I would not have issued a coc for that db.

    Also very impractical in that one cannot remove the lights circuit or stove circuit from the earth leakage if you so desire.

    Peace out .. Derek
    Last edited by Derlyn; 19-Sep-21 at 07:01 PM.

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    Site Caretaker Dave A's Avatar
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    And there I was thinking the question was whether the earth leakage unit can act as the main switch (disconnector). Which as it disconnects both the live and neutral in this single phase installation at the point of supply, the answer is obviously YES, the earth leakage unit can also act as the main switch disconnector.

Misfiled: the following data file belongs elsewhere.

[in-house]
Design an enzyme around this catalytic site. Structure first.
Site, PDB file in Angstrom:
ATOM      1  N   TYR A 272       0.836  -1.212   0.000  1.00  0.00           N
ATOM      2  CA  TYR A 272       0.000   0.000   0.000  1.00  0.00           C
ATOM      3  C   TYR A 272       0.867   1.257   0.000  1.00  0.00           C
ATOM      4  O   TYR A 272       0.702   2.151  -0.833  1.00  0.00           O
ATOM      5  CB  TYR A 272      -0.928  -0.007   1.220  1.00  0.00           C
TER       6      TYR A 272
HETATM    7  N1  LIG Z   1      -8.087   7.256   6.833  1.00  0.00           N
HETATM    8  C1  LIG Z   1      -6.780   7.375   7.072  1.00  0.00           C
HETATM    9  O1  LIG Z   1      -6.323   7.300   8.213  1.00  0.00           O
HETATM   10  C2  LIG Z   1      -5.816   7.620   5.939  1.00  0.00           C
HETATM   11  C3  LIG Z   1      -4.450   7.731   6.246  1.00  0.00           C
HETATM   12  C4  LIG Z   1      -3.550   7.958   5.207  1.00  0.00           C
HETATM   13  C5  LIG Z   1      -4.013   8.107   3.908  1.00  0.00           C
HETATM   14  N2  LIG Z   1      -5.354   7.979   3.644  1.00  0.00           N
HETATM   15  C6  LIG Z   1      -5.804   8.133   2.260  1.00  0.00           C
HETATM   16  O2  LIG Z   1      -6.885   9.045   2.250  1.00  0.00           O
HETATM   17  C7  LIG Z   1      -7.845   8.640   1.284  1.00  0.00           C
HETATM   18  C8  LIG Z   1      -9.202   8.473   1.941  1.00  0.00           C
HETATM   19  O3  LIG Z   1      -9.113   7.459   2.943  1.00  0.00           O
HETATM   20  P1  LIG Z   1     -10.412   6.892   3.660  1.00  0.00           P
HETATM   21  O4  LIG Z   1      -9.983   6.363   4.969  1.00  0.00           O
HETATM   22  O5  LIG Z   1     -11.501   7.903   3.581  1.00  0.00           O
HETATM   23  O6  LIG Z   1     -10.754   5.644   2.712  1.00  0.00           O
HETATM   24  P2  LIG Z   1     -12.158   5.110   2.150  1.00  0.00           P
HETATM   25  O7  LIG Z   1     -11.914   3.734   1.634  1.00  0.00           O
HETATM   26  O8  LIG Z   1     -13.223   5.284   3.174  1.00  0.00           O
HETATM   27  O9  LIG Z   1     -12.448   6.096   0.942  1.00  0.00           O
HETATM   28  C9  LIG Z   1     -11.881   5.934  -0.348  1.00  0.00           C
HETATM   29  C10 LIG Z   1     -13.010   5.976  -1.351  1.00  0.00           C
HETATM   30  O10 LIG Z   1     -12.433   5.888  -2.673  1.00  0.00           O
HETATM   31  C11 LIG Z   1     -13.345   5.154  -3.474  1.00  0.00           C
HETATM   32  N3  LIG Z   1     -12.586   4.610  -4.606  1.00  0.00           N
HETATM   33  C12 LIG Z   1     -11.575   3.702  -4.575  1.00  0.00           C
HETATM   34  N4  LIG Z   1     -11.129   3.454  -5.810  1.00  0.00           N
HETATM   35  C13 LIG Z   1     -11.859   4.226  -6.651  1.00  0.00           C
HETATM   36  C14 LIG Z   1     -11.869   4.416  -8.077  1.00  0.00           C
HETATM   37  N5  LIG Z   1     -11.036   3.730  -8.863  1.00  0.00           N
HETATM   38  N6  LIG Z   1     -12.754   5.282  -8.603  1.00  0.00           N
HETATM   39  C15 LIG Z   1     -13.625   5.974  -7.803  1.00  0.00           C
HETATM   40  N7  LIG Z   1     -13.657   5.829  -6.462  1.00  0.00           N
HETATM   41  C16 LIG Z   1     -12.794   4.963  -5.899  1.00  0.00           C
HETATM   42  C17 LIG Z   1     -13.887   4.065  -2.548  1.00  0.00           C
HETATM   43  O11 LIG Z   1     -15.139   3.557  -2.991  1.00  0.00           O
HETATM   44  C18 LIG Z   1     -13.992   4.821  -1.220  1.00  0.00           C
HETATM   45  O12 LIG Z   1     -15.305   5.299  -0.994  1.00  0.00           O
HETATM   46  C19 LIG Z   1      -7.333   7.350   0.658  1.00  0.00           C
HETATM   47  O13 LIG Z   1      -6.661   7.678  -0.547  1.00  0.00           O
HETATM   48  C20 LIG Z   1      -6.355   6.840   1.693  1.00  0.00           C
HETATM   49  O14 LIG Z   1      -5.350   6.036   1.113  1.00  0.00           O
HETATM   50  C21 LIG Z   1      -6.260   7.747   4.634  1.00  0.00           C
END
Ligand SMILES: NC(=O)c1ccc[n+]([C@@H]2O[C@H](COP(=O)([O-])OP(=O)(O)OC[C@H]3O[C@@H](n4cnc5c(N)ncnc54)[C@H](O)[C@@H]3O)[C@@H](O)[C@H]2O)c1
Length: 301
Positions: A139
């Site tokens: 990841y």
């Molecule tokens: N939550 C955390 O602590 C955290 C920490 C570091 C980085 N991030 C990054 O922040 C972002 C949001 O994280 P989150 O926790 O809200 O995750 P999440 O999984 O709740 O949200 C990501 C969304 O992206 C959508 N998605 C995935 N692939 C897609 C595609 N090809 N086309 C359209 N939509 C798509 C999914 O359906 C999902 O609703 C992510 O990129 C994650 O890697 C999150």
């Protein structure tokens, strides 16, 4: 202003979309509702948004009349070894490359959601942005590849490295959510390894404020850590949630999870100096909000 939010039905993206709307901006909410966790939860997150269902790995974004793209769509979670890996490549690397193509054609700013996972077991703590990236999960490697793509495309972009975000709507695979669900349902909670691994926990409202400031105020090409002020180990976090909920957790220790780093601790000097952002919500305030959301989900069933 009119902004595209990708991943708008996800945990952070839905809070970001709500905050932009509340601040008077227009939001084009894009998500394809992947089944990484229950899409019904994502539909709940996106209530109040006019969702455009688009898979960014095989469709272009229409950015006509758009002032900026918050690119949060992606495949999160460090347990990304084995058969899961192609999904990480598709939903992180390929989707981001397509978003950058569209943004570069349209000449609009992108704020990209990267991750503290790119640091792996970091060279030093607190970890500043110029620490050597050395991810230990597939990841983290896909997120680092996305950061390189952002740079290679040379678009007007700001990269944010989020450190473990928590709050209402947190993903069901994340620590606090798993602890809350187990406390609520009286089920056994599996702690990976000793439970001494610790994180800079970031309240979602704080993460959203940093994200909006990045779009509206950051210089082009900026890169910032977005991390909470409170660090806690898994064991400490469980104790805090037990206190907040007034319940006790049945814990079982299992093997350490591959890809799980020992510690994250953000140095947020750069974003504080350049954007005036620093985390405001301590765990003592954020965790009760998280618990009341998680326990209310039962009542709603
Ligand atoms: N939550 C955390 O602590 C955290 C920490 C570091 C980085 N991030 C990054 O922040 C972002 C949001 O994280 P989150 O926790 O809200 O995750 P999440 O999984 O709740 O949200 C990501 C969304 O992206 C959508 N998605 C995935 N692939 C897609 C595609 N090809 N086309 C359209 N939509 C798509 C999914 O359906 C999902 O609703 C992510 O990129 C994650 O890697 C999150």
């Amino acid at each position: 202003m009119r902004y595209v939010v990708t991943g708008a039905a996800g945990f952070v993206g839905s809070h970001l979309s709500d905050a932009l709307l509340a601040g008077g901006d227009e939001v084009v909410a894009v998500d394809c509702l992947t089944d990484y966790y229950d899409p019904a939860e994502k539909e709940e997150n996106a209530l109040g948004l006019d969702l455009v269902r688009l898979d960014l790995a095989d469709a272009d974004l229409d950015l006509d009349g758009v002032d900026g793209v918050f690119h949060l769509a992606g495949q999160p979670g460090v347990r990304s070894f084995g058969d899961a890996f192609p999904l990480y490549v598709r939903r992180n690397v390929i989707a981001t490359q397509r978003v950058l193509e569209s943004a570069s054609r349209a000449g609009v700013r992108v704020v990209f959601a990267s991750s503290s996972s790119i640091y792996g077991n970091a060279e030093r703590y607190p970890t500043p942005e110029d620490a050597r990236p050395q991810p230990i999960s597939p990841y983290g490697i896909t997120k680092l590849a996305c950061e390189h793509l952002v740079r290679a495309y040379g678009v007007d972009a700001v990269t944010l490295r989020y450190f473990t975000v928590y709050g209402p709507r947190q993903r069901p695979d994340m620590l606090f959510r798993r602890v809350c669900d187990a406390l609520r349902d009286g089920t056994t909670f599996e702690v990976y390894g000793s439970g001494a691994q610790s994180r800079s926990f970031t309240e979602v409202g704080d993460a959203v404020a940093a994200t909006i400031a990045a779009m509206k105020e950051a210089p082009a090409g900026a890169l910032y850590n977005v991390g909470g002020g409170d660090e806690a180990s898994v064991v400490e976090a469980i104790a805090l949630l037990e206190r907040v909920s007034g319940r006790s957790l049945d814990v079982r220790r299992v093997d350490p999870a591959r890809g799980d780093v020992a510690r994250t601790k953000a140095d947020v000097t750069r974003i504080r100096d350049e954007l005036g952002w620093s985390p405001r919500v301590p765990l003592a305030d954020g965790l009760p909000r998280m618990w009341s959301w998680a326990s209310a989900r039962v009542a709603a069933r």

It is not required to have a separate main switch disconnector.
    The issue of overcurrent protection is another matter...

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    Silver Member Derlyn's Avatar
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    @Dave

    Of course you are correct, an earth leakage may be used as an isolator, but only under certain conditions.

    Had the db in the photo been a sub db fed from the main db through a suitable circuit breaker then it would be acceptable and I would have passed it.

    In this case it is the main db and neither the earth leakage nor the jumpers feeding the circuits has overcurrent protection. The manufacturer specs state that the earth leakage must have seperate overload protection, which it hasn't got, so this particular db is not compliant.